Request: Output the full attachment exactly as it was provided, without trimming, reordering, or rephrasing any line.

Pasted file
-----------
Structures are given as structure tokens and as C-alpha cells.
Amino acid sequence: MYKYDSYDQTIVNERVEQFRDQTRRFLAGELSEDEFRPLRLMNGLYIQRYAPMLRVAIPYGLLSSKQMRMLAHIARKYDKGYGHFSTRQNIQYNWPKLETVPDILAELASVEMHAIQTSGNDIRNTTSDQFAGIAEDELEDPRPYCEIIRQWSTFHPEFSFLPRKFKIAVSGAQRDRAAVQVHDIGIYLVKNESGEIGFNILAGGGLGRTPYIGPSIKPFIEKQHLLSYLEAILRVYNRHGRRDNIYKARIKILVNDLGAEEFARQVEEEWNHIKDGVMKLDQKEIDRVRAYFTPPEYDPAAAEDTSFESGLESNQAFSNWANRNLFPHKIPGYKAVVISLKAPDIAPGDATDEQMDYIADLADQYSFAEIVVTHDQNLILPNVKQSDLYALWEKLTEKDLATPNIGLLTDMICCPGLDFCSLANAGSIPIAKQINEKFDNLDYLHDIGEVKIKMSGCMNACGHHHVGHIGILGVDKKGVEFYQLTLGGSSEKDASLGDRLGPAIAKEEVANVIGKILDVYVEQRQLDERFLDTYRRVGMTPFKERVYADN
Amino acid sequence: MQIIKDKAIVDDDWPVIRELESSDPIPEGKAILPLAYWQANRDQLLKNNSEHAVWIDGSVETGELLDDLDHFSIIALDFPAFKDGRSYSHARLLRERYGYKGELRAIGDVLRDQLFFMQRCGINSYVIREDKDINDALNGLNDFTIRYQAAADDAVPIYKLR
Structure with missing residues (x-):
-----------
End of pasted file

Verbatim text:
Structures are given as structure tokens and as C-alpha cells.
Amino acid sequence: MYKYDSYDQTIVNERVEQFRDQTRRFLAGELSEDEFRPLRLMNGLYIQRYAPMLRVAIPYGLLSSKQMRMLAHIARKYDKGYGHFSTRQNIQYNWPKLETVPDILAELASVEMHAIQTSGNDIRNTTSDQFAGIAEDELEDPRPYCEIIRQWSTFHPEFSFLPRKFKIAVSGAQRDRAAVQVHDIGIYLVKNESGEIGFNILAGGGLGRTPYIGPSIKPFIEKQHLLSYLEAILRVYNRHGRRDNIYKARIKILVNDLGAEEFARQVEEEWNHIKDGVMKLDQKEIDRVRAYFTPPEYDPAAAEDTSFESGLESNQAFSNWANRNLFPHKIPGYKAVVISLKAPDIAPGDATDEQMDYIADLADQYSFAEIVVTHDQNLILPNVKQSDLYALWEKLTEKDLATPNIGLLTDMICCPGLDFCSLANAGSIPIAKQINEKFDNLDYLHDIGEVKIKMSGCMNACGHHHVGHIGILGVDKKGVEFYQLTLGGSSEKDASLGDRLGPAIAKEEVANVIGKILDVYVEQRQLDERFLDTYRRVGMTPFKERVYADN
Amino acid sequence: MQIIKDKAIVDDDWPVIRELESSDPIPEGKAILPLAYWQANRDQLLKNNSEHAVWIDGSVETGELLDDLDHFSIIALDFPAFKDGRSYSHARLLRERYGYKGELRAIGDVLRDQLFFMQRCGINSYVIREDKDINDALNGLNDFTIRYQAAADDAVPIYKLR
Structure with missing residues (x-):